Psychometric Principles

Psychometric principles (which concern the measurement of psychological constructs) are what distinguish true measures and surveys.

So what is the difference between a survey and psychometric tool?

To design a Psychometric tool it is generally agreed that the following steps must be followed:

  1. Establish what construct is trying to be measured
  2. Generate ideas
  3. Establish format of measure
  4. Ask experts to review items (repeatedly)
  5. Consider appropriateness (including validation items)
  6. Administer instrument
  7. Analyse instrument reponses
  8. Optimize instrument length

(see Muchinsky, 2004; Worthington & Whittaker, 2006 for more detail)

Psychometric principles emphasize that items should be distinct from each other, appropriate and derived using statistical analysis (e.g. structural equation modelling). A survey is a list of questions someone has pulled together. It is not based on science.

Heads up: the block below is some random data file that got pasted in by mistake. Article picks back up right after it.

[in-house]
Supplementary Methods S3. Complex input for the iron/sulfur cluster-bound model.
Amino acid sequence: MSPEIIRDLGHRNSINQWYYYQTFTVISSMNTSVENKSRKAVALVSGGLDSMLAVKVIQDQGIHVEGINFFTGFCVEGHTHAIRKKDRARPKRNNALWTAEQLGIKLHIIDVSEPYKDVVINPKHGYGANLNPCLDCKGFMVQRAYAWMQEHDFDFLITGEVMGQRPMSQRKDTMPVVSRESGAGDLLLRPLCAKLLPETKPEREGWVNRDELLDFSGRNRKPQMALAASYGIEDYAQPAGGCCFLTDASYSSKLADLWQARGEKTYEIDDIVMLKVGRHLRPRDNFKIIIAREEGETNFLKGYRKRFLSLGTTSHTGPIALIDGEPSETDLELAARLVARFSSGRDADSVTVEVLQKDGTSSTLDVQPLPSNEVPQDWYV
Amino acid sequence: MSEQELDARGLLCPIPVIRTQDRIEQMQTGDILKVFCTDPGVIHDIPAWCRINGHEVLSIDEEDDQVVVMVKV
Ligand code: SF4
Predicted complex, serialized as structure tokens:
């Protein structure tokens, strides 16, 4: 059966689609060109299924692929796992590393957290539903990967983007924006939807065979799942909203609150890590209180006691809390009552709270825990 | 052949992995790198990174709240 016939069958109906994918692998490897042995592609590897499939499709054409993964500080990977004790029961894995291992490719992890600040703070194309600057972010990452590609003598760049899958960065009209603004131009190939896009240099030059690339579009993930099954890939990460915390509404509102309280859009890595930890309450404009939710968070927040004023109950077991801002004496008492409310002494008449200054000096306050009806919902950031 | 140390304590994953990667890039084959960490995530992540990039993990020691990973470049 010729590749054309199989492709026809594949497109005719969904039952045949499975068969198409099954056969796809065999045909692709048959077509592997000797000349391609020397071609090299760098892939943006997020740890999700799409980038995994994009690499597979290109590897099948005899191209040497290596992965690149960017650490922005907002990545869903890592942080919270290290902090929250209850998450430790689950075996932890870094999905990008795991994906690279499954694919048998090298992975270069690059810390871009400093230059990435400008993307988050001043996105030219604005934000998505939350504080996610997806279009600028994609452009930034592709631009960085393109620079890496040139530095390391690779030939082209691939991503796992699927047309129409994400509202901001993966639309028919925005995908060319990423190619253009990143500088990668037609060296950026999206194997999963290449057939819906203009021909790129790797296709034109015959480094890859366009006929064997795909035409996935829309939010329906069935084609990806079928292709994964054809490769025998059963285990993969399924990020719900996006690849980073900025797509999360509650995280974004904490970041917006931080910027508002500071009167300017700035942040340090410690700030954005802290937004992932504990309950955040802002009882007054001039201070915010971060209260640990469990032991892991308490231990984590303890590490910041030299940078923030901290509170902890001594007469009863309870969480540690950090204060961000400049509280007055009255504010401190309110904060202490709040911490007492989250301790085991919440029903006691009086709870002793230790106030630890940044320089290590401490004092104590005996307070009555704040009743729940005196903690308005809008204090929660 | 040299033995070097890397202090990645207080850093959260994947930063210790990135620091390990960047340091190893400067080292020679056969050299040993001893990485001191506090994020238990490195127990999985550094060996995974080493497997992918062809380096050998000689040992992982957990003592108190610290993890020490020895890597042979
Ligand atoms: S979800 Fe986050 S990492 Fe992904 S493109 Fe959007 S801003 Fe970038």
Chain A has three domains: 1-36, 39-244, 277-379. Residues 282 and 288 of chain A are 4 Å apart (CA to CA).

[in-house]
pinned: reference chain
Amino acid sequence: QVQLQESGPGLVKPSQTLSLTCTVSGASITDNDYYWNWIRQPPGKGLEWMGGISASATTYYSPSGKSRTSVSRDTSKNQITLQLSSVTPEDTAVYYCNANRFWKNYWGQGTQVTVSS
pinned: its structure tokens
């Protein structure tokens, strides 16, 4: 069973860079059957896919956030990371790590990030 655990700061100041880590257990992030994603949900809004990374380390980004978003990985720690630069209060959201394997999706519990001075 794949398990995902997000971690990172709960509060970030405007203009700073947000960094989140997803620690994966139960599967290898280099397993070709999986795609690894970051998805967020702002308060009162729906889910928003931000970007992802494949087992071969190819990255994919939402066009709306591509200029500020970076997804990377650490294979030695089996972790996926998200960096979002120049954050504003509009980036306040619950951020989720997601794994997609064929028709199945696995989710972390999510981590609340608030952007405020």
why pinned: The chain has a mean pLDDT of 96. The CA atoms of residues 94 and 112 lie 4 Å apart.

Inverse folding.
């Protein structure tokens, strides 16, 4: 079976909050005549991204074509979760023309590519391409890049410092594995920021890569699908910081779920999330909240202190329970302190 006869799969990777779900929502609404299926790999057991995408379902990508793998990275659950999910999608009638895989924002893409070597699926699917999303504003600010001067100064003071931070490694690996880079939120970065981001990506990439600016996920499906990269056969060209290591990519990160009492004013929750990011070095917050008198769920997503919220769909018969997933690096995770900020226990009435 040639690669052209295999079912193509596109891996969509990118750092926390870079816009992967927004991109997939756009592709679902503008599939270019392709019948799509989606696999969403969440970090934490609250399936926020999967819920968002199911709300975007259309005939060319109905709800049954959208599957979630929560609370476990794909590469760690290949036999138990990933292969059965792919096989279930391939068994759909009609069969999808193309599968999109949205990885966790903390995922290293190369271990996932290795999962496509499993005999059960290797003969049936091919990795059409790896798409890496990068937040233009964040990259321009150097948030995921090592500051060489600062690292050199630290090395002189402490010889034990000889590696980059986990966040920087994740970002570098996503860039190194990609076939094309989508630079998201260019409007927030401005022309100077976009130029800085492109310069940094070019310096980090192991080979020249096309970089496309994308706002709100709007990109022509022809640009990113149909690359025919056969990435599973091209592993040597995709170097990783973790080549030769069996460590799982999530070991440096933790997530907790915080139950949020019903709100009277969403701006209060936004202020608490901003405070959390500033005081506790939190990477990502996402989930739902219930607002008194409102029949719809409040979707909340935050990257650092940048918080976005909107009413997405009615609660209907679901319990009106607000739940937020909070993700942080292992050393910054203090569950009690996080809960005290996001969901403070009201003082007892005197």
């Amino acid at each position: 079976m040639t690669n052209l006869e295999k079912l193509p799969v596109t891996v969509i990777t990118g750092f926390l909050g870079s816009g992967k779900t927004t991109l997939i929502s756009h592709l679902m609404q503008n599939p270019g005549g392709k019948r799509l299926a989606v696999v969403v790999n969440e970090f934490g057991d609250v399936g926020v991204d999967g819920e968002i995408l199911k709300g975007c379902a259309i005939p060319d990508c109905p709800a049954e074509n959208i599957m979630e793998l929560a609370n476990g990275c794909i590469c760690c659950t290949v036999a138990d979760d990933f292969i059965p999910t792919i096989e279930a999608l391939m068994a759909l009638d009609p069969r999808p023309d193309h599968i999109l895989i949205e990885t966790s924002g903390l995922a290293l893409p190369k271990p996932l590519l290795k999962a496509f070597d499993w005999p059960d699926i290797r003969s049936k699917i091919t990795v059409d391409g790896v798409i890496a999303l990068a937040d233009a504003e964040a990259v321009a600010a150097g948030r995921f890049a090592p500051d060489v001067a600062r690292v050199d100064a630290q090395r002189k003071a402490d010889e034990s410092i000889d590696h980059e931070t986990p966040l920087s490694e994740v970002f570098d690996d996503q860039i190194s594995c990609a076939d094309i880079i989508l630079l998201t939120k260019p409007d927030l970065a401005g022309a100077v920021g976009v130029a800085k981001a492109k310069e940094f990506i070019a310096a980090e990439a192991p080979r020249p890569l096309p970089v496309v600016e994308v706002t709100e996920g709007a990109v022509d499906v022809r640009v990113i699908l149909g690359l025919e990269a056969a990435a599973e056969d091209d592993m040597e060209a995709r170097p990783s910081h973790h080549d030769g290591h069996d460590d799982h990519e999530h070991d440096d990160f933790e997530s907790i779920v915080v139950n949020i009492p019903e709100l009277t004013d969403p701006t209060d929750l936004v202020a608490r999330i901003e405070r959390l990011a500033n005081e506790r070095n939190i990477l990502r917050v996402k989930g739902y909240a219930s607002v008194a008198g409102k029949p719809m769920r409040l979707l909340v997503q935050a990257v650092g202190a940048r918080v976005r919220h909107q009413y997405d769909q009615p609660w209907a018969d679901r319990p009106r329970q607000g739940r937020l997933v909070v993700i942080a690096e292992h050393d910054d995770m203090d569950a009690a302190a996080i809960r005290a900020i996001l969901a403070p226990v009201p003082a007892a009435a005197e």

When we use out suite of Psychometrics, all our results are analysed by experienced Psychologists. This ensures psychometric principles are maintained and we know the recommendations and interventions we deliver are based on valid, reliable evidence. Research over the years has focused on Psychometric principles, but combined with the proliferation of surveys and tools to administer surveys, the amount of unreliable tools circulating is concerning, especially when businesses are investing £1000’s in tools which may not measure what they think. The ramifications can be devastating. To find out more and learn about the 5 questions you can ask to ensure you are using a valid tool please contact us at:

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